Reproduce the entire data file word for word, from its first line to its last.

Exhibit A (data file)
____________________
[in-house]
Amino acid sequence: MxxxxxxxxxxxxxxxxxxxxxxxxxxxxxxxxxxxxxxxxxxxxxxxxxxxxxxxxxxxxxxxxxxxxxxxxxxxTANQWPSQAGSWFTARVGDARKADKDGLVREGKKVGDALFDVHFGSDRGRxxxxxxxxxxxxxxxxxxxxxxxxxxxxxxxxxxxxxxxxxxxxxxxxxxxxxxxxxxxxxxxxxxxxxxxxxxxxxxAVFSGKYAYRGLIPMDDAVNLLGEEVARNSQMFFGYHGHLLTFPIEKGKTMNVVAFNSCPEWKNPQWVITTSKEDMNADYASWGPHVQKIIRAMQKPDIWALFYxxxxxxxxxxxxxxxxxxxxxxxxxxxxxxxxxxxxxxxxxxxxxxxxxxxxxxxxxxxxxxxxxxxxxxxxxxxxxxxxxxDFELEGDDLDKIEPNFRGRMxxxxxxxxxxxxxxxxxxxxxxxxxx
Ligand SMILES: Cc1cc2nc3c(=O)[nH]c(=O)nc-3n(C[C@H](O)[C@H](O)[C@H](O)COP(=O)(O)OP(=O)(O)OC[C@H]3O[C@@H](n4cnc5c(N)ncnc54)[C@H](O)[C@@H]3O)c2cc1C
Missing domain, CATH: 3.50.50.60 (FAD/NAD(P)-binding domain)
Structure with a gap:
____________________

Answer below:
[in-house]
Amino acid sequence: MxxxxxxxxxxxxxxxxxxxxxxxxxxxxxxxxxxxxxxxxxxxxxxxxxxxxxxxxxxxxxxxxxxxxxxxxxxxTANQWPSQAGSWFTARVGDARKADKDGLVREGKKVGDALFDVHFGSDRGRxxxxxxxxxxxxxxxxxxxxxxxxxxxxxxxxxxxxxxxxxxxxxxxxxxxxxxxxxxxxxxxxxxxxxxxxxxxxxxAVFSGKYAYRGLIPMDDAVNLLGEEVARNSQMFFGYHGHLLTFPIEKGKTMNVVAFNSCPEWKNPQWVITTSKEDMNADYASWGPHVQKIIRAMQKPDIWALFYxxxxxxxxxxxxxxxxxxxxxxxxxxxxxxxxxxxxxxxxxxxxxxxxxxxxxxxxxxxxxxxxxxxxxxxxxxxxxxxxxxDFELEGDDLDKIEPNFRGRMxxxxxxxxxxxxxxxxxxxxxxxxxx
Ligand SMILES: Cc1cc2nc3c(=O)[nH]c(=O)nc-3n(C[C@H](O)[C@H](O)[C@H](O)COP(=O)(O)OP(=O)(O)OC[C@H]3O[C@@H](n4cnc5c(N)ncnc54)[C@H](O)[C@@H]3O)c2cc1C
Missing domain, CATH: 3.50.50.60 (FAD/NAD(P)-binding domain)
Structure with a gap: